Three consumers are seeking class-action status for a lawsuit they filed Jan. 29 against airline WiFi provider Gogo Inc.

The suit, filed by the Gogo customers in the U.S. District Court of Eastern New York, contends that the WiFi provider sells its service with an assurance of uninterrupted network access, though it knows it can’t deliver such a product.

“Gogo makes specific promises to purchasers of its services, including that they will each enjoy useful WiFi service above 10,000 feet of altitude,” Bryan Fisher, lead attorney in the Gogo lawsuit, said in a statement to the media.  “That promise is almost never kept.”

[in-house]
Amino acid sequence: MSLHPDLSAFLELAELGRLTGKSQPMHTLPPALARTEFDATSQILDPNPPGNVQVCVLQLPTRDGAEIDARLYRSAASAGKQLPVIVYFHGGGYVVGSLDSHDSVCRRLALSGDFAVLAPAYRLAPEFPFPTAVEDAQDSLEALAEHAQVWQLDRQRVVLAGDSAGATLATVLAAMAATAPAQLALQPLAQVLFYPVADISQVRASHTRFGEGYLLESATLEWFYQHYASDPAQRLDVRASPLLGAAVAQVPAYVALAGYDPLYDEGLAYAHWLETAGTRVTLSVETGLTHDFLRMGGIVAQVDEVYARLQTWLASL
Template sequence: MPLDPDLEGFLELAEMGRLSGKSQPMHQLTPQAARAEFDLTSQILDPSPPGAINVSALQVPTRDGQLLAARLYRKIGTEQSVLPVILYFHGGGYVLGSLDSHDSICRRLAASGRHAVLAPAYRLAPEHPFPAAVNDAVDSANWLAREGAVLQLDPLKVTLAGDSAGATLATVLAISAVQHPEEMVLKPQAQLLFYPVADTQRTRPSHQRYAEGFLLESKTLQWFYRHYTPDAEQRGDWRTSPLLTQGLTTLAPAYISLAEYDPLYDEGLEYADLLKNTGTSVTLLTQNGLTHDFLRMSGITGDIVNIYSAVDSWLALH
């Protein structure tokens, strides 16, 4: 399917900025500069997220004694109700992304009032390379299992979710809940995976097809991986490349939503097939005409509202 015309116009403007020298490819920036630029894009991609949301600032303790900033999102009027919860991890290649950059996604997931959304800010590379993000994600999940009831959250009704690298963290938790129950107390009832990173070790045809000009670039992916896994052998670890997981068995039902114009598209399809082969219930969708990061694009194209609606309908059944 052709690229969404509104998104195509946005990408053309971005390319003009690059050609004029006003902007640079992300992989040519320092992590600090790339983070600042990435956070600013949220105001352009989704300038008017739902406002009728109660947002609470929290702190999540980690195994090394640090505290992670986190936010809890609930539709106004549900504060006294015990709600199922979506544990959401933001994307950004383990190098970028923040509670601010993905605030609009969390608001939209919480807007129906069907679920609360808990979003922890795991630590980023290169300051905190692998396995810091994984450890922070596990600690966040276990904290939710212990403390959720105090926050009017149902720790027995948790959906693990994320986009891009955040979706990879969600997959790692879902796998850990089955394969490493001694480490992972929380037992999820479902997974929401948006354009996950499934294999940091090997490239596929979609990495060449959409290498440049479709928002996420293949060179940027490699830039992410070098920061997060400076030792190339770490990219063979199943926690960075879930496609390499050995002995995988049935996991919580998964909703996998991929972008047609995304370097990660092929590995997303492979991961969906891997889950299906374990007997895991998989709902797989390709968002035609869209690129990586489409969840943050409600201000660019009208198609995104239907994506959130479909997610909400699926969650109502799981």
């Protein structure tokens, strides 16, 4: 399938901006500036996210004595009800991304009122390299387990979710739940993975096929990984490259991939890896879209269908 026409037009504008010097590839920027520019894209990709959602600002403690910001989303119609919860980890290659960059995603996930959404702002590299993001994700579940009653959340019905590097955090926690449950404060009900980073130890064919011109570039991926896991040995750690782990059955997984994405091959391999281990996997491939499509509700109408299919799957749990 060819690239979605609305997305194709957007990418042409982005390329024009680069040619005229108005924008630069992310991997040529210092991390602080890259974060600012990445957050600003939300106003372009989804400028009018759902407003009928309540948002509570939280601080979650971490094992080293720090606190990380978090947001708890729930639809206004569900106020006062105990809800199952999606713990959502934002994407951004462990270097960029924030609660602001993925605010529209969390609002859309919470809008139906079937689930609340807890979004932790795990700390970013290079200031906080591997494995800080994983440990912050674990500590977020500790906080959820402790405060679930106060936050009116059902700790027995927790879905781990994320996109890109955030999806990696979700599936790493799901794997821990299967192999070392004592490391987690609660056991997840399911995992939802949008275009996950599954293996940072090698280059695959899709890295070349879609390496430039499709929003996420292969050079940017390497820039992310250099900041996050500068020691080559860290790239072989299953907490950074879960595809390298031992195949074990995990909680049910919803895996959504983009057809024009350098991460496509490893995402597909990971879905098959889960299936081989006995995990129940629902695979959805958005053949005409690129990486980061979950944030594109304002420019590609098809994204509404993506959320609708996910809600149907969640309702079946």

Gogo has not responded to requests for comment. In an interview last September, spokesman Steve Nolan said that Gogo’s airplane WiFi accounts for more than 70% of the U.S. domestic market share. Among the 11 carriers that offer Gogo WiFi on portions of their network are Alaska, American, United, Delta and Virgin America.

Gogo WiFi passes can be purchased online by the hour, day, month or annually.

The litigants in the suit are Ohio resident Charles Salameno, New York resident Maria-Angela Sanzone and Washington resident John Jensen.  


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